Dominique van Olm directs ‘Zone Rouge’.

Zone Rouge offers an important reminder regarding the aftermath of war, the long-lasting path of destruction it leaves behind even centuries later.

Read the conversation below:

Demining & Uncertainty.

Dominique, how well and widely known are the Deminage’s efforts in France?

The idea of bomb removal in Europe, particularly France, is more common than I expected it to be. Throughout the shoot, I was wearing a hat that said ‘Deminage’ and people were acknowledging it. There was an instance where we were having lunch during our shoot with the deminers and a local guy came over and said: ‘Hey, I just bought a farm down the road and I have bombs on the property. I need to talk to you guys about removing it.’

A typical problem for a farmer to have… what was the most surprising discovery you made while making the film?

First of all, just the sheer immense-ness, if that’s a word. I think it really hit me when we went to Vimy Ridge. It was the first time I could begin to visualize the level of destruction that had taken place, to see an area devoid of any trees or structures. To know the landscape had been turned into one large mud pile 100 years ago was unimaginable. Needless to say, Vimy Ridge was very emotional and I’d encourage anyone to pay a visit.

 ‘Zone Rouge’ Dominique van Olm

There was another time when we were at a farm near Verdun, where some of the heaviest fighting had happened. Many of the fields have been reclaimed as farmland, and as we were walking, all you could see were pieces of shrapnel on the ground. You would kick your feet around; find the butt of a shell here, a bomb fuse there. Even our drone started acting up because of the amount of metal in the earth. Everywhere the deminers took us, saw bombs, it was quite shocking to realise that the land is still so saturated.

In terms of safety, how did you feel shooting near unexploded munitions?

Going there, we were all kind of nervous and we had to sign a waiver in case anything happened. It didn’t make it into the film, but the first place we visited was a trench system in the middle of a forest that hadn’t been uncovered since World War I. There was something like 300 shells that had been buried, and right away it was like, holy crap – we’re in it. The DP, Mike Rilstone, went down into the trench with Guy to capture it, and had to be careful because at one point he was sitting on a pile of grenades – that’s when things felt very real. But then you become desensitized to it quickly, it was surprising. You see one and you’re like, okay woah. But then you see bombs all week, and it’s like – there’s a bomb, there’s another.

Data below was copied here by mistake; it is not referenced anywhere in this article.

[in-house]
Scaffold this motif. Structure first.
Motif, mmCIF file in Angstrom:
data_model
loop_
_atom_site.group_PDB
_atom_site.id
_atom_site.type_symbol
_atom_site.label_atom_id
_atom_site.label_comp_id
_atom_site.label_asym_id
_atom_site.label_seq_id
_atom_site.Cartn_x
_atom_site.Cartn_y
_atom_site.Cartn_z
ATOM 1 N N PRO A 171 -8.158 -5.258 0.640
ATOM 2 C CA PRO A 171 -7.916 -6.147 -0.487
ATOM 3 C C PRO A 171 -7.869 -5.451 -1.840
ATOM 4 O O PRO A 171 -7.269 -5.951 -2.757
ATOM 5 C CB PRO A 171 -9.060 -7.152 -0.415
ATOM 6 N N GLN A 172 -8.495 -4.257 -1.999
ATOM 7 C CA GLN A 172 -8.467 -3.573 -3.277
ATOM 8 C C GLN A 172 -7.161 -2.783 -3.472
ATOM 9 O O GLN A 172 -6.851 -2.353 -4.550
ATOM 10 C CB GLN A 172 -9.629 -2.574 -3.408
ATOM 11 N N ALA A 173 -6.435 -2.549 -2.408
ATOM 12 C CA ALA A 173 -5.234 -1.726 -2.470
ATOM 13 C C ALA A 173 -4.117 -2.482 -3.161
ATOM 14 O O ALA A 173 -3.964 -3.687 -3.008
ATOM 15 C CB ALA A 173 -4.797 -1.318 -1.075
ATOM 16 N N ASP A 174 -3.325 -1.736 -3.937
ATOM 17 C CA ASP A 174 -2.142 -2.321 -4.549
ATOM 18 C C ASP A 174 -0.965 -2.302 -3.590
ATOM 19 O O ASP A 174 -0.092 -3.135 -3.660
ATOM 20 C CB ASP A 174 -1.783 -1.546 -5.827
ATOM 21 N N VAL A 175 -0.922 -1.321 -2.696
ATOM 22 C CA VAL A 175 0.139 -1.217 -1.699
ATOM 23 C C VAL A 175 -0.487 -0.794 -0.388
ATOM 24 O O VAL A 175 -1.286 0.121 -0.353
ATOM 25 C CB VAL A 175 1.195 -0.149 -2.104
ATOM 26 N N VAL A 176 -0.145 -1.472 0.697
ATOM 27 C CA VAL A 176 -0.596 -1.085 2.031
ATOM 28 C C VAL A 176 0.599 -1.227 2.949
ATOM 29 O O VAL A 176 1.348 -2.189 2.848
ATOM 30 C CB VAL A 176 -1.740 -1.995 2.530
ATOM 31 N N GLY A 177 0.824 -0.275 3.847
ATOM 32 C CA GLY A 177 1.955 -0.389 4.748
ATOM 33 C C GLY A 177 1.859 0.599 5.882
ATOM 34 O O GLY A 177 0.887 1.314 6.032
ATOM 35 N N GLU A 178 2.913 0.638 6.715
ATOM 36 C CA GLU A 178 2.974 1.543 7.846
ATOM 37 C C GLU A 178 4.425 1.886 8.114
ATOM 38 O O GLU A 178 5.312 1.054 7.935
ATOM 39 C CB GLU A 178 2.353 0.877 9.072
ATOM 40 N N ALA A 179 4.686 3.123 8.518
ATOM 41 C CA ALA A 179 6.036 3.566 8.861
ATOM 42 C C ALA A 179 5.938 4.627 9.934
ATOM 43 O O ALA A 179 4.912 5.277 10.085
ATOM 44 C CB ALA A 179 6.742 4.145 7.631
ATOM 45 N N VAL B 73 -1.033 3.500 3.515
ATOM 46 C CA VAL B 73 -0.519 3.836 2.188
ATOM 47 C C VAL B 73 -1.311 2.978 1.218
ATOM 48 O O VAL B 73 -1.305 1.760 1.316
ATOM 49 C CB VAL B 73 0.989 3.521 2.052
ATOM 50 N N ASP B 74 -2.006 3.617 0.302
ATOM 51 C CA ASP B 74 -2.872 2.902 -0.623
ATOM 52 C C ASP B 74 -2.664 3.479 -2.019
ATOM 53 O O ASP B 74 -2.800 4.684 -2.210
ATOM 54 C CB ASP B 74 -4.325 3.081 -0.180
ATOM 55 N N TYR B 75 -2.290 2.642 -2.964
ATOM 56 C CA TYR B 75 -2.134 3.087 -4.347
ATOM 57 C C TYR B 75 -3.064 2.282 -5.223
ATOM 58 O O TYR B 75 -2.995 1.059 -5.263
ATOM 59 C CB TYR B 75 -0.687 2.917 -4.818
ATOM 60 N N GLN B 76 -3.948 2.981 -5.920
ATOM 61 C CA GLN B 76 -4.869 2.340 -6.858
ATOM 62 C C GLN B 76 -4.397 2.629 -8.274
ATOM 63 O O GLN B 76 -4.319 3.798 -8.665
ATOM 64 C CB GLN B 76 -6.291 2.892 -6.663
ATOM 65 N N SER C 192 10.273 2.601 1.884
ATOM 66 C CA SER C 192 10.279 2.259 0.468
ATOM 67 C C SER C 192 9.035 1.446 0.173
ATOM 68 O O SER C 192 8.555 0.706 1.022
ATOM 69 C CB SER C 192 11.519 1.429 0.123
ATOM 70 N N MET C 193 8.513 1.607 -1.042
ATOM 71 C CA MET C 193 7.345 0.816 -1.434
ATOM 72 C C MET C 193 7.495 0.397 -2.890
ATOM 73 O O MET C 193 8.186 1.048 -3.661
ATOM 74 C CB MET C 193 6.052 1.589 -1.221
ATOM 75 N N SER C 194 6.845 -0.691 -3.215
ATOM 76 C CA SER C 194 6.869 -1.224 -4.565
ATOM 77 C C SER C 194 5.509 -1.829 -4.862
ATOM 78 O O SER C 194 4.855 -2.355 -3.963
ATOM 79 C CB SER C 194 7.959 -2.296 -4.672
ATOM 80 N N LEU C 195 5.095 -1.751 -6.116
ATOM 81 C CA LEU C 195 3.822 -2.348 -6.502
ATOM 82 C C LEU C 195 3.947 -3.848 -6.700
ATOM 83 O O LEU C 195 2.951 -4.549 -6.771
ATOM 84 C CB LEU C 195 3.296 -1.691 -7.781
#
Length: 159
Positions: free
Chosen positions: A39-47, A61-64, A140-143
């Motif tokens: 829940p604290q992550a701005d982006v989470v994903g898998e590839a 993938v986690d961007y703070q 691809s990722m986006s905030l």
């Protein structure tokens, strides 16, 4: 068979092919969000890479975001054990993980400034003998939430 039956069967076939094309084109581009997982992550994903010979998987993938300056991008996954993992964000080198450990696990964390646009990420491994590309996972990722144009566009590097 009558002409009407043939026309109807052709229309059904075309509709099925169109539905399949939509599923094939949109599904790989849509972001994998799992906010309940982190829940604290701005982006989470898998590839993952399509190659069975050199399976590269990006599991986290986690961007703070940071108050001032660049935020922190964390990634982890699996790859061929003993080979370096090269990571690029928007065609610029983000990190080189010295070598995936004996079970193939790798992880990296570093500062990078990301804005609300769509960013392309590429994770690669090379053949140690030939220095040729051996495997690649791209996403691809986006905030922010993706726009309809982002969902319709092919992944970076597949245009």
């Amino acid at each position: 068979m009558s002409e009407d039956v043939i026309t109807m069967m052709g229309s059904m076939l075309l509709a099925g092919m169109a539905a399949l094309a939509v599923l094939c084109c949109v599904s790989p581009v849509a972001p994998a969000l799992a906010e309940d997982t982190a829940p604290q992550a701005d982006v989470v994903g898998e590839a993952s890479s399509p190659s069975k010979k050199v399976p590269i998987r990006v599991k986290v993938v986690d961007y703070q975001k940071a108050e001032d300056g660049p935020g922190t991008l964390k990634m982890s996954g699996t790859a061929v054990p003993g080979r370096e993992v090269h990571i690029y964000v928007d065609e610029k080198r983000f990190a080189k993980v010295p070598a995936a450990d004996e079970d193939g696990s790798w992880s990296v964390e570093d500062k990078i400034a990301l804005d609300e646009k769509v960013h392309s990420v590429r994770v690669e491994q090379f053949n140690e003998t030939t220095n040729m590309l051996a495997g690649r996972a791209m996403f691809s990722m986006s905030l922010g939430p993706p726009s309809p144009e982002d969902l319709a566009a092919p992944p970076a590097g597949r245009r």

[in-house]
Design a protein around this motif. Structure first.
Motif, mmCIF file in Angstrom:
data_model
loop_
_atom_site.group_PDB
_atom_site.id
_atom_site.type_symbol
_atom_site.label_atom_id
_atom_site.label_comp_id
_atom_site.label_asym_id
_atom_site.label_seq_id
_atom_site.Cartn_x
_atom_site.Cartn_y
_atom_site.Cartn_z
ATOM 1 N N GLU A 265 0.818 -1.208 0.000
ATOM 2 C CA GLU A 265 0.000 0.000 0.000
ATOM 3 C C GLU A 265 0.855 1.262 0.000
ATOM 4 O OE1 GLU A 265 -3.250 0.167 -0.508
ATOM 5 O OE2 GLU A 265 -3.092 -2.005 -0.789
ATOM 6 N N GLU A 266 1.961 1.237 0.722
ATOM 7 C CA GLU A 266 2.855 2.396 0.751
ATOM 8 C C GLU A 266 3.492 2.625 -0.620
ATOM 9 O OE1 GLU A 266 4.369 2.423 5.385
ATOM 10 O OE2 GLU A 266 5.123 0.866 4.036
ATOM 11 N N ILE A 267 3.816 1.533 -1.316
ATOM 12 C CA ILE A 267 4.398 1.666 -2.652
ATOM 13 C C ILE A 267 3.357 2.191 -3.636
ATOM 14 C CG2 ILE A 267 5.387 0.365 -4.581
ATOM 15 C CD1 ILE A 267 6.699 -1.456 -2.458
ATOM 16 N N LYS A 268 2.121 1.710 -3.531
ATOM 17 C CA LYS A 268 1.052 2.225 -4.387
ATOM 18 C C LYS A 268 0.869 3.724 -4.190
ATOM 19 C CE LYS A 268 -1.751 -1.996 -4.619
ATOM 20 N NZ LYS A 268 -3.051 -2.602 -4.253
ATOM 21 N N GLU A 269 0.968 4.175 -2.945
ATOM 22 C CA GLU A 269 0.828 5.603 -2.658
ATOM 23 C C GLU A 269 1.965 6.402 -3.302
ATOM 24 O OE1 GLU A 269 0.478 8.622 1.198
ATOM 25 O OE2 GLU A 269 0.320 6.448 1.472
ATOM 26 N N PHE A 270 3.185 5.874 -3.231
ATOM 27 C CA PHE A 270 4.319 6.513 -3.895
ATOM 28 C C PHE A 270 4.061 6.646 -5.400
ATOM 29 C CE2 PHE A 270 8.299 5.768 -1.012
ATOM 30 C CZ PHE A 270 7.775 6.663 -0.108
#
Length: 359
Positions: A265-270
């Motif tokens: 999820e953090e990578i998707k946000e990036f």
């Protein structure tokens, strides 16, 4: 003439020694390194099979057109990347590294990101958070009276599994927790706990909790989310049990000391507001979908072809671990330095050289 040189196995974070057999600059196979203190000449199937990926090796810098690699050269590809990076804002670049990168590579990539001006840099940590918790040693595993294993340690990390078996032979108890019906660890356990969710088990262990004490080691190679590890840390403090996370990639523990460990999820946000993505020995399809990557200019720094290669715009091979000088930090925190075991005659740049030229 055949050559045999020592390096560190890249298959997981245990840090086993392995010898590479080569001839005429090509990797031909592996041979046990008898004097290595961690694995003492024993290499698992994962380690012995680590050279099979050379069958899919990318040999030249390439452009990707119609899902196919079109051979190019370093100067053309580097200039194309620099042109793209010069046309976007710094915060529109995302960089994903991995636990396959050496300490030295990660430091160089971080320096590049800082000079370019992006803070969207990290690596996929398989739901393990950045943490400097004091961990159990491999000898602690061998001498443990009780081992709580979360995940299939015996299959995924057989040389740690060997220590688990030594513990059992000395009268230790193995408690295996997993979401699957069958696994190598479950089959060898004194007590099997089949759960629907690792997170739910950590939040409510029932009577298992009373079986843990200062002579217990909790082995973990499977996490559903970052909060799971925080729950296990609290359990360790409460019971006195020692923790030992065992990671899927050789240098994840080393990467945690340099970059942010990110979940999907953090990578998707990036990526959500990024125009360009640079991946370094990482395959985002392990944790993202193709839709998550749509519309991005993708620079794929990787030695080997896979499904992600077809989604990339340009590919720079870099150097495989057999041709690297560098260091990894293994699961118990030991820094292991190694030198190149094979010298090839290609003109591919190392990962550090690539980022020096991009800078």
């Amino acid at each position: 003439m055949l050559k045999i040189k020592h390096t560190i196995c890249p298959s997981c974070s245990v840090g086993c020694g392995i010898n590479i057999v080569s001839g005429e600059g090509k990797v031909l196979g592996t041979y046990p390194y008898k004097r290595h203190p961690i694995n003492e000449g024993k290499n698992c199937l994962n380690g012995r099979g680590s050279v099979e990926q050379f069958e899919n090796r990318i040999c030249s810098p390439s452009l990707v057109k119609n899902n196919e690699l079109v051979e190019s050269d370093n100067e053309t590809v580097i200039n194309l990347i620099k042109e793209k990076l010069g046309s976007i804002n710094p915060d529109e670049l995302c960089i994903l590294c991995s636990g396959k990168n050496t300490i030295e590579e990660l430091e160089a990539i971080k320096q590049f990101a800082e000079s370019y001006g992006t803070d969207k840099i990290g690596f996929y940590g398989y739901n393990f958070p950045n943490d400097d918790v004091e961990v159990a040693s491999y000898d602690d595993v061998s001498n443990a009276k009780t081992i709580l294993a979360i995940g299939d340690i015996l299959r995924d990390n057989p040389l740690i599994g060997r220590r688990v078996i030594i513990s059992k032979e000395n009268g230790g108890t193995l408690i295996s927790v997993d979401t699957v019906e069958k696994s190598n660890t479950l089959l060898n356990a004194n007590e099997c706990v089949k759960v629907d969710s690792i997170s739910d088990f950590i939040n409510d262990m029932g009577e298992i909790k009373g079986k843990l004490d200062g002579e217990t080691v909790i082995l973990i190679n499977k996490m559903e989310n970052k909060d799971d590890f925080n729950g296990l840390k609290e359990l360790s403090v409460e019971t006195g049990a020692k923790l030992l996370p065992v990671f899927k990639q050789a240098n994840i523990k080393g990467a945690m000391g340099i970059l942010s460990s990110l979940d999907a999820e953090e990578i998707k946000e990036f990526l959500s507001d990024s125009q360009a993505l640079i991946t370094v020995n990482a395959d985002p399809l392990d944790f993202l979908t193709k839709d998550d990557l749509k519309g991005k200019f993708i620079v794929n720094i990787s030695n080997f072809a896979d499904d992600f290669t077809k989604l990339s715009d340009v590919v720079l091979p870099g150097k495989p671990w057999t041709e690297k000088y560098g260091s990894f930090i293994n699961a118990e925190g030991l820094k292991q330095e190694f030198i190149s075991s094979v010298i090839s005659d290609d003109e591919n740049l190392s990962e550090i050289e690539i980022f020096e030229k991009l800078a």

I wouldn’t have expected you to say that.

Yeah, it’s because the deminers are so used to them, and they make you feel at ease, or at least that was my experience, it was hard to imagine that these bombs were live and active even a hundred years later. Even though they were duds, the danger was still there, right in front of us.

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How much did you work with Guy to build the narrative?

I’d seen a New York Times interview with him and there was something about him. We had spoken on the phone prior to shooting and I explained what we wanted to do. I think we were together in France for seven or eight days.

Guy spoke some English, but I wanted to keep the film in French as I didn’t feel it was right to ask him to bring us on this journey in something other than his mother tongue. When we did the interview, I set it up so that my questions to him were in English and he would respond in French. I had our field producer in my ear, and he would translate. It was a really interesting way to interview someone.

Close Encounters comes to mind.

Definitely. Guy was amazing – he really opened up and went with the questions, it was wonderful.

Lastly, what are you reading at the moment?

I am currently reading ‘I Wrote This Book Because I Love You’ by Tim Kreider.


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